Bill Gates' Nuclear Power Company Takes Giant Step in Cowboy State

A Wyoming coal power plant will be transformed by a company backed by Microsoft co-founder Bill Gates to run on nuclear power. With the signing of the bipartisan infrastructure act, $1.5 billion will help produce zero-emission power by 2028

4 minute read

November 24, 2021, 9:00 AM PST

By Irvin Dawid

Rancho Seco Nuclear Generating Station

Anthony Hall / Shutterstock

"TerraPower, a start-up co-founded by Bill Gates to revolutionize designs for nuclear reactors, has chosen Kemmerer, Wyoming, as the preferred location for its first demonstration reactor," writes Catherine Clifford, a climate and technology reporter for CNBC on Nov. 17. "It aims to build the plant in the frontier-era coal town by 2028."

Once built, the plant will provide a baseload of 345 megawatts, with the potential to expand its capacity to 500 megawatts.

It will cost about $4 billion to build the plant, with half of that money coming from TerraPower and the other half from the U.S. Department of Energy’s Advanced Reactor Demonstration Program.]

[Related post on TerraPower: Can Bill Gates Provide America's Next 800 Years of Electricity? September 26, 2013: "For Bill Gates's next act, the Microsoft founder is trying to turn atomic trash into treasure."]

Infrastructure Investment and Jobs Act

“Just yesterday, President Biden signed the Bipartisan Infrastructure Deal and today DOE is already putting it to work with more than $1.5 billion heading to Wyoming,” said Secretary of Energy Jennifer M. Granholm in TerraPower's press release on Nov. 16.

"The U.S. Department of Energy is extremely excited about this project and plans to invest nearly $2 billion to support the licensing, construction and demonstration of this first-of-a-kind reactor by 2028," wrote Alice Caponiti, a deputy assistant secretary in the energy department's Office of Nuclear Energy.

Not a conventional nuclear reactor

"The Kemmerer plant will be the first to use an advanced nuclear design called Natrium, developed by TerraPower with GE-Hitachi," adds Clifford.

Natrium plants use liquid sodium as a cooling agent instead of water. Sodium has a higher boiling point and can absorb more heat than water, which means high pressure does not build up inside the reactor, reducing the risk of an explosion.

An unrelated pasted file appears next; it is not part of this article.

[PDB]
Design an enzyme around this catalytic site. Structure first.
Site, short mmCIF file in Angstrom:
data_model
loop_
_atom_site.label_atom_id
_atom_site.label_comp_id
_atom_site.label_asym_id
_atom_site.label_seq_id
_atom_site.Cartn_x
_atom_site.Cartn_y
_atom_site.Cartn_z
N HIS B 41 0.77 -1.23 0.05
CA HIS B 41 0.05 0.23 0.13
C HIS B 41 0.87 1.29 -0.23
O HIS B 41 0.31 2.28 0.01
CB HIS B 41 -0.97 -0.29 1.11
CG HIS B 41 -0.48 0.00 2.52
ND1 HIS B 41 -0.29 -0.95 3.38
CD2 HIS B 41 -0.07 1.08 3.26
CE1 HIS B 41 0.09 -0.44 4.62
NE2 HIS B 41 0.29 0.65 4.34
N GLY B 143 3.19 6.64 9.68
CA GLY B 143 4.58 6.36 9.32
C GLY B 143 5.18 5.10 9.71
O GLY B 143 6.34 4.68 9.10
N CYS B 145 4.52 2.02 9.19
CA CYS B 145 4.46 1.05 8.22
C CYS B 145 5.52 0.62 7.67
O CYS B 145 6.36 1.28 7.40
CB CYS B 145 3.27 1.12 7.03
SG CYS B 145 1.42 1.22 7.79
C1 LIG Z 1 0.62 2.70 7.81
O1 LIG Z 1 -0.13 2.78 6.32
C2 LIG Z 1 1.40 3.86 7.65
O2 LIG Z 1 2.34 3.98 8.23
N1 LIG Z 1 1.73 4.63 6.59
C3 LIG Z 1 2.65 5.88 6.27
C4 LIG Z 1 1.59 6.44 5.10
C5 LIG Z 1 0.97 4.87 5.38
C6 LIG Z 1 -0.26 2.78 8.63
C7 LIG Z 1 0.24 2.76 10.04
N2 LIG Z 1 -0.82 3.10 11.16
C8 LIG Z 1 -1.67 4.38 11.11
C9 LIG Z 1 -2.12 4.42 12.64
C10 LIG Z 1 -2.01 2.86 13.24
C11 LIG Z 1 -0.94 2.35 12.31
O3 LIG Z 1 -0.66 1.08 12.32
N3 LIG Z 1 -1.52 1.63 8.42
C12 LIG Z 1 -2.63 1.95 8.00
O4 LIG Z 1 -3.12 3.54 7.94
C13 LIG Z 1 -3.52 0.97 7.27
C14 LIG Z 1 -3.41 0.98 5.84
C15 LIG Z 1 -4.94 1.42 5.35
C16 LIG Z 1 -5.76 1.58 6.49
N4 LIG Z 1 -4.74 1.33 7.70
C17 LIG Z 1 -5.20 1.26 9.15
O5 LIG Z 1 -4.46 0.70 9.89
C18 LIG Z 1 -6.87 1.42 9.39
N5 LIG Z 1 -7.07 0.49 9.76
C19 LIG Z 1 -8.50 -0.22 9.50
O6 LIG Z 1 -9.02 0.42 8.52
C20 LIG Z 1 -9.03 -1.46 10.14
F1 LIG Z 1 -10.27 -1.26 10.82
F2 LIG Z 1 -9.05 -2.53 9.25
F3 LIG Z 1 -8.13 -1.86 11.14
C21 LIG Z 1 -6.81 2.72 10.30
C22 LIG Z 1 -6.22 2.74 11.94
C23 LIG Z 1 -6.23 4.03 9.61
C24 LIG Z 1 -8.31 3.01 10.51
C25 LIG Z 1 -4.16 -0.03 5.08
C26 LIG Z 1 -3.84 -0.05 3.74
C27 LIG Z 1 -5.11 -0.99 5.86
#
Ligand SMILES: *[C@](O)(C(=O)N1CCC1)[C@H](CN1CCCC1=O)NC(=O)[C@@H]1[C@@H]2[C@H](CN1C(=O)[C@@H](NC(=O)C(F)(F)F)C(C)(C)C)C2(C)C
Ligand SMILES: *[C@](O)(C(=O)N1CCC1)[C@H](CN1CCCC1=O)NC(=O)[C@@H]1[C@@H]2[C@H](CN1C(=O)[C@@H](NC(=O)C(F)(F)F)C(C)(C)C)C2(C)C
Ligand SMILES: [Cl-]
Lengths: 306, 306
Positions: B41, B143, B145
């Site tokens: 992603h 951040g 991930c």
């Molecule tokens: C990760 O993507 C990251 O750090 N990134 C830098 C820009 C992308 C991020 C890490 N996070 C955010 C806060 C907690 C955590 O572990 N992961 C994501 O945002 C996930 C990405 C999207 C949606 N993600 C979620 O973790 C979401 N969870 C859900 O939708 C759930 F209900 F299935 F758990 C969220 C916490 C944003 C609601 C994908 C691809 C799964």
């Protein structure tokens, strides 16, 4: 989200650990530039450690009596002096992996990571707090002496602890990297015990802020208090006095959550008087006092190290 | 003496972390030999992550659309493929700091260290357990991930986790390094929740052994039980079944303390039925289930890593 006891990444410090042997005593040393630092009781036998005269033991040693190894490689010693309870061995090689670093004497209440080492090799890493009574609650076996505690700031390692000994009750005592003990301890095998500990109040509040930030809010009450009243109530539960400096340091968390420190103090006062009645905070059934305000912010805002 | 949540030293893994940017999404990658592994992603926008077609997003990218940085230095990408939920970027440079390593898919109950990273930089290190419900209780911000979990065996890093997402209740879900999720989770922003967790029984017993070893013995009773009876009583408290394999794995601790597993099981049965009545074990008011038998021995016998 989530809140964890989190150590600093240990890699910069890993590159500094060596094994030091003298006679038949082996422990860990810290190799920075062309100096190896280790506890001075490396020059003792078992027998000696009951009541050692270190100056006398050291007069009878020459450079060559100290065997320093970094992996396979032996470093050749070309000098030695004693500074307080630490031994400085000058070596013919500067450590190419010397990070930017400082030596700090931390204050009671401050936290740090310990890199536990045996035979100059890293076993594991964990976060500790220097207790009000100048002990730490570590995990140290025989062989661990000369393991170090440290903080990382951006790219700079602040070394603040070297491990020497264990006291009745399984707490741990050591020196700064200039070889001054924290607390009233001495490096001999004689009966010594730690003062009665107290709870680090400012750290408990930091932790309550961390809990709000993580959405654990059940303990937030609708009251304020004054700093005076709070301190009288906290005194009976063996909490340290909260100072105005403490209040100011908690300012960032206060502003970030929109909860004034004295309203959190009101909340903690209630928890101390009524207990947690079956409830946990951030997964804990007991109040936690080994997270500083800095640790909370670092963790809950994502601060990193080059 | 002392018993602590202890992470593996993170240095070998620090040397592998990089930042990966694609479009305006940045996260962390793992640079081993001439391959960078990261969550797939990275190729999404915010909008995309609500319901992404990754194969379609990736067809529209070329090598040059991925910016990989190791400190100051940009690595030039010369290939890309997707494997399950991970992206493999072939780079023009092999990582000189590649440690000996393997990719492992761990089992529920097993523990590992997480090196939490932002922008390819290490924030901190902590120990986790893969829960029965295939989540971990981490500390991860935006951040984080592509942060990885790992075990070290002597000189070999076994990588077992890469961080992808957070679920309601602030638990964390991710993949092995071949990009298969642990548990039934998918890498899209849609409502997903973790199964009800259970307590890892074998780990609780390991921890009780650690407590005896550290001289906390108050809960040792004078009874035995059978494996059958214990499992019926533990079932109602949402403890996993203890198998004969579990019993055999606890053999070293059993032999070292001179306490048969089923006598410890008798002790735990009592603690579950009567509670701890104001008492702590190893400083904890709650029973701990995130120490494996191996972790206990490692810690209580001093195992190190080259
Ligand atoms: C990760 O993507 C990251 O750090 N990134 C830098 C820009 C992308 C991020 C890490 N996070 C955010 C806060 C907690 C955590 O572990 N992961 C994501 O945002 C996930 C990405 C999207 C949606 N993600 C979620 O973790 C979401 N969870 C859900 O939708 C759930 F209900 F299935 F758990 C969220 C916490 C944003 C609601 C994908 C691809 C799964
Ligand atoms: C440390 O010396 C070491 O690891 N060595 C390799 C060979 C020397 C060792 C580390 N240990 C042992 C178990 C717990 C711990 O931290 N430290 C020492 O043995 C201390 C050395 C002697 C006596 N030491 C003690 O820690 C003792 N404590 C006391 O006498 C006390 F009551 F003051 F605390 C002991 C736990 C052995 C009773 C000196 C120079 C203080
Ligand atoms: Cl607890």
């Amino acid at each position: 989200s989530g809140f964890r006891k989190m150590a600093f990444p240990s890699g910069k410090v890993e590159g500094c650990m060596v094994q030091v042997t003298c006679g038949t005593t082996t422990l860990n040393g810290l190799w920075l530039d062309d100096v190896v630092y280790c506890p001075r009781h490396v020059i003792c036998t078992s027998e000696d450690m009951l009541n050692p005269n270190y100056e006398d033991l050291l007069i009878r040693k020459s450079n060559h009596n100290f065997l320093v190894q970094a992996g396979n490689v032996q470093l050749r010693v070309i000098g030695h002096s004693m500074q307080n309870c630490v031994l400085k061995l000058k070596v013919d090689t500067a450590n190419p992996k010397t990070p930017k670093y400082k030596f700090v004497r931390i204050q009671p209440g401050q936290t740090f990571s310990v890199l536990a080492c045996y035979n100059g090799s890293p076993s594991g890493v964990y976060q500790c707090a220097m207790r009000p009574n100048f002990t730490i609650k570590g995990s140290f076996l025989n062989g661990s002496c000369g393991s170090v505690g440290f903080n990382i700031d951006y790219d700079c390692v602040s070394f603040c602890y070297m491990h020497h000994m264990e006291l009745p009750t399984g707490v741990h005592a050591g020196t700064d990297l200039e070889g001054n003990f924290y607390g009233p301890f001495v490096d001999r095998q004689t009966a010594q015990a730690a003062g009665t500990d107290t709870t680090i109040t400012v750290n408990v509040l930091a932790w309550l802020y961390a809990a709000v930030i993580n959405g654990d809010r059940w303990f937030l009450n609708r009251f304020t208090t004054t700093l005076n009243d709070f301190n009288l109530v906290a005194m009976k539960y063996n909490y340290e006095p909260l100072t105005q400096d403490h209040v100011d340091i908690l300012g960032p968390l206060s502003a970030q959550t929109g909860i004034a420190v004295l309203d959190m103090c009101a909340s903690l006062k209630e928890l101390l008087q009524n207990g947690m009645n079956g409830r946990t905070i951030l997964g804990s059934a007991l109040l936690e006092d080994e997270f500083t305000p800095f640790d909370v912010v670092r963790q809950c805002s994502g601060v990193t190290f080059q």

Natrium plants can also store heat in tanks of molten salt, conserving the energy for later use like a battery and enabling the plant to bump its capacity up from 345 to 500 megawatts for five hours.

In addition to improvements in safety, reduction in costs over conventional nuclear plants, and storing energy, "Natrium plants produce less waste, a problematic and dangerous byproduct of nuclear fission," notes Clifford.

Nuclear demonstration plants headed to Pacific Northwest

"Along with Natrium, two other advanced reactors are also expected to operate in the Northwest region," adds Caponiti with DOE's Office of Nuclear Energy. 

X-energy announced its plans to site its Xe-100 reactor in the state of Washington and NuScale plans to operate its first advanced small modular light water reactor system at Idaho National Laboratory—making this region the new hub of nuclear innovation.  

[Related post: The Next Generation of Nuclear Power Could Come Closer to Home, December 10, 2020]

“The Infrastructure Investment and Jobs Act sends a strong message that the U.S. will support the Advanced Reactor Demonstrations to their full and successful completion,” said Darren Gale, X-energy Vice President and ARDP Program Manager, in X-energy's press release on Nov. 15. “This support ensures the success of our reactor and fuel technology at commercial scale”.

Critics get last word

Nuclear power remains controversial within the energy and science communities. Cliffords explored the opposition from the latter in an earlier and more comprehensive piece for CNBC.

On March 18, for instance, the Union of Concerned Scientists (UCS), a non-profit group of 250 scientists and related professionals, issued a 140-page rebuke of “advanced nuclear” reactor designs.

“It doesn’t make sense to us for either government or industry to devote a lot of resources to pursuing high-risk, low-reward technologies – or technologies that could be even worse than what we have now,” Edwin Lyman, Director of Nuclear Power Safety at the Union of Concerned Scientists in Washington, DC, tells CNBC Make It.

Instead, more federal government spending to improve conventional reactors is a better tactic, according to the UCS.

Additional reading on TerraPower's nuclear plant to be built in Kemmerer, Wyoming:

And on DOE's commitment to advancing nuclear power:

Additional related posts:

Hat tip to Eric Gilbertson.

Wednesday, November 17, 2021 in CNBC

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